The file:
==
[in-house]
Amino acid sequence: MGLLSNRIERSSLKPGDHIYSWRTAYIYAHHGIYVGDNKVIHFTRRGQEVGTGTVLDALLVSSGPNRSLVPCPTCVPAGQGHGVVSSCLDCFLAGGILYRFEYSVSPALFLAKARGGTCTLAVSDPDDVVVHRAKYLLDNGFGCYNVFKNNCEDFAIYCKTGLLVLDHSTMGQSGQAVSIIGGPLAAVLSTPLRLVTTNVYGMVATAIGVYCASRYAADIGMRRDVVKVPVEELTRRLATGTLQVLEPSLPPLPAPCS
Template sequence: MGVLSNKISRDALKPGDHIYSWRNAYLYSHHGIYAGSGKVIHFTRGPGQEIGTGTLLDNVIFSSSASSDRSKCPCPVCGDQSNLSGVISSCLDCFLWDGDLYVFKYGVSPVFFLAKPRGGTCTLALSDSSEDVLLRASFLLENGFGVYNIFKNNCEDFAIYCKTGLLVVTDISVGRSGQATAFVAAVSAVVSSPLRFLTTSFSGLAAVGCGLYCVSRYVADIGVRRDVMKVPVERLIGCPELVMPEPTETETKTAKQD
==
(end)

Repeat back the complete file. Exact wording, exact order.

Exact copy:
[in-house]
Amino acid sequence: MGLLSNRIERSSLKPGDHIYSWRTAYIYAHHGIYVGDNKVIHFTRRGQEVGTGTVLDALLVSSGPNRSLVPCPTCVPAGQGHGVVSSCLDCFLAGGILYRFEYSVSPALFLAKARGGTCTLAVSDPDDVVVHRAKYLLDNGFGCYNVFKNNCEDFAIYCKTGLLVLDHSTMGQSGQAVSIIGGPLAAVLSTPLRLVTTNVYGMVATAIGVYCASRYAADIGMRRDVVKVPVEELTRRLATGTLQVLEPSLPPLPAPCS
Template sequence: MGVLSNKISRDALKPGDHIYSWRNAYLYSHHGIYAGSGKVIHFTRGPGQEIGTGTLLDNVIFSSSASSDRSKCPCPVCGDQSNLSGVISSCLDCFLWDGDLYVFKYGVSPVFFLAKPRGGTCTLALSDSSEDVLLRASFLLENGFGVYNIFKNNCEDFAIYCKTGLLVVTDISVGRSGQATAFVAAVSAVVSSPLRFLTTSFSGLAAVGCGLYCVSRYVADIGVRRDVMKVPVERLIGCPELVMPEPTETETKTAKQD